Tag Archives: Insurance

LFP088 – Catastrophe, Acts of God & Parametric (Event-Based, Fixed-Payout) Insurance Adam Rimmer FloodFlash

52% of UK SMEs based floodplains don’t have flood cover! Insurers struggle to insure flood risk due to the difficulty of modelling and assessing the economic impact. Many people/businesses are unable to get insurance cover at all. Every year, globally, there are $50bn of flood caused economic losses of which only $9bn are covered by insurance.

Into the breach (geddit?) step Floodflash formed by Adam Rimmer and Ian Bartholomew experts in modelling event risks – together with the important fixed-payout insurance concept (doesn’t need much reflection to see how good that could be) this constitutes parametric insurance.

Floodflash is an Insuretech startup with great potential.  Its also an opportunity to hear from a firm in the FCA sandbox.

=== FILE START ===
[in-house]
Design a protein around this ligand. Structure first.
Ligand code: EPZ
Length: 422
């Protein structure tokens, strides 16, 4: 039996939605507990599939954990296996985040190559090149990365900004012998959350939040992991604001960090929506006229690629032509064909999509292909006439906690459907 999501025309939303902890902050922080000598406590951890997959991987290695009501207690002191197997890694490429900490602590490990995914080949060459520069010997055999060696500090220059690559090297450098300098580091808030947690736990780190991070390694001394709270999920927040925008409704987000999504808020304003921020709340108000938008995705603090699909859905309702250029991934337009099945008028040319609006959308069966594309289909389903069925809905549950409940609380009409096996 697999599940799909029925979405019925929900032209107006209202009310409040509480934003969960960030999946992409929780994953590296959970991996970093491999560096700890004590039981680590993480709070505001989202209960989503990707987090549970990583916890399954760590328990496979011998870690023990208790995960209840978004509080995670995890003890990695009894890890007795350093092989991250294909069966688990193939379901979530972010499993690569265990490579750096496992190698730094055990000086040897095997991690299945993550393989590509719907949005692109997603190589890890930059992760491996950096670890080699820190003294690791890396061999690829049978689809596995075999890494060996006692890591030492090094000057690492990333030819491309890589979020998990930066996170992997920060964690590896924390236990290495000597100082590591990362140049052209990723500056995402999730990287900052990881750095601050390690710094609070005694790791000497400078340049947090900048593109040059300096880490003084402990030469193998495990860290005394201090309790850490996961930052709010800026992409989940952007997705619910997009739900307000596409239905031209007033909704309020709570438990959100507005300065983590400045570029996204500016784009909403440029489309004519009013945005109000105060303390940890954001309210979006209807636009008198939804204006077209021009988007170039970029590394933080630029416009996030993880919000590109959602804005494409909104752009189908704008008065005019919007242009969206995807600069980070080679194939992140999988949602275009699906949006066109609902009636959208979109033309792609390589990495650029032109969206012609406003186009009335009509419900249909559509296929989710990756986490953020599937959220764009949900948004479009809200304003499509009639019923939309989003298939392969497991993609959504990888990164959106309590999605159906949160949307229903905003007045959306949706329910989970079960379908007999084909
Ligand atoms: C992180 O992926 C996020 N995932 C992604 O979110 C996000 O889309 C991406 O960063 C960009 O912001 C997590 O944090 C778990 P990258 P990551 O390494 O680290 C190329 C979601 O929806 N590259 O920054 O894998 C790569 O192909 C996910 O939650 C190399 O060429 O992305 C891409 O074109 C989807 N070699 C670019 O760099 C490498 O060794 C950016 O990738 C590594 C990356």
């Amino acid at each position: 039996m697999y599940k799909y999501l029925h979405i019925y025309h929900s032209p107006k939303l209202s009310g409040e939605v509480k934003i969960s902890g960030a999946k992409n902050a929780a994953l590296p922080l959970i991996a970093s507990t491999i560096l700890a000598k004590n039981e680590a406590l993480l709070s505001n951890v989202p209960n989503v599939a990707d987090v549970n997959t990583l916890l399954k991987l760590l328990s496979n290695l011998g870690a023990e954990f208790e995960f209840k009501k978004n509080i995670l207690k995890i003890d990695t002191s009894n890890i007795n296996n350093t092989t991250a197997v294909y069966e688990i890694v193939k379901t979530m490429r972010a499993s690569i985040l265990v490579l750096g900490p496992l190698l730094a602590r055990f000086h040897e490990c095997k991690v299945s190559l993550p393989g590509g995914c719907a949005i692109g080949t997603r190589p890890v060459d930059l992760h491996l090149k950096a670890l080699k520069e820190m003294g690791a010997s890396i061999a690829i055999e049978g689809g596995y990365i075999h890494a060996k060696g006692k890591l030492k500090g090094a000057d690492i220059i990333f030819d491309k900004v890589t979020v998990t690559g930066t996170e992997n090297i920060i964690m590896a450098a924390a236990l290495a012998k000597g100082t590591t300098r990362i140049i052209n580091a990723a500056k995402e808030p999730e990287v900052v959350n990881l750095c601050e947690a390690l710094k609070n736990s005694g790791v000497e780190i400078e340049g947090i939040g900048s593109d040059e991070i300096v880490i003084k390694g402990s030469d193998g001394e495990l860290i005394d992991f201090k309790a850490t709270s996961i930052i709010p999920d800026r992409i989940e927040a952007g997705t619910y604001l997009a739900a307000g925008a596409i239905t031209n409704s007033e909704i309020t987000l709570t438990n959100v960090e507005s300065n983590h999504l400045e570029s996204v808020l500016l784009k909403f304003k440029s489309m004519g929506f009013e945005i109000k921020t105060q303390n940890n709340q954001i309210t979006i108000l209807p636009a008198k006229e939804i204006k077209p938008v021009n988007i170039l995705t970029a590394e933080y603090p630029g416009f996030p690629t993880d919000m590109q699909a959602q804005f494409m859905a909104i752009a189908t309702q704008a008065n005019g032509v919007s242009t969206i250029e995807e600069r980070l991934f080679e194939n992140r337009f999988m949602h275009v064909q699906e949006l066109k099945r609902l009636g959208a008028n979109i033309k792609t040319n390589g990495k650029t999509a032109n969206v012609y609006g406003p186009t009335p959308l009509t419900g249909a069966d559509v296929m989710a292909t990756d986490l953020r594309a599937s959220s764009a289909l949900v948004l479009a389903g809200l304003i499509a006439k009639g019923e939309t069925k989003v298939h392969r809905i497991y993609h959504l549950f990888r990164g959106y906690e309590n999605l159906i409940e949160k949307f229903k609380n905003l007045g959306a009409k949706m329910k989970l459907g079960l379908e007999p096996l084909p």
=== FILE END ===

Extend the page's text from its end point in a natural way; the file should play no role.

Parametric insurance sounds very techie but in its best known form – life insurance – has been around for centuries.

The market failure above is huge.

On this show we discuss the role of event-based, no-exclusion, instant settlement in addressing this problem. Many people/businesses simply cannot get insurance at present.

Topics discussed on the show include: Continue reading

LFP084 Insuretech – Using the Internet of Things to Protect your Home with Matt Poll CEO Neos

The so-called Internet of Things is much hyped and early examples (smart toasters anyone?) are worthy of ridicule. However market-leading Neos have taken it to the next level – using insurance, your phone and devices installed in your home to protect you against fire, water and burglary – or at least notify you and then get their servicers to fix the problem – even when you are on the other side of the world.

If like me you had never heard of smart doorbells and smart valves – or if you have – this is a podcast for you.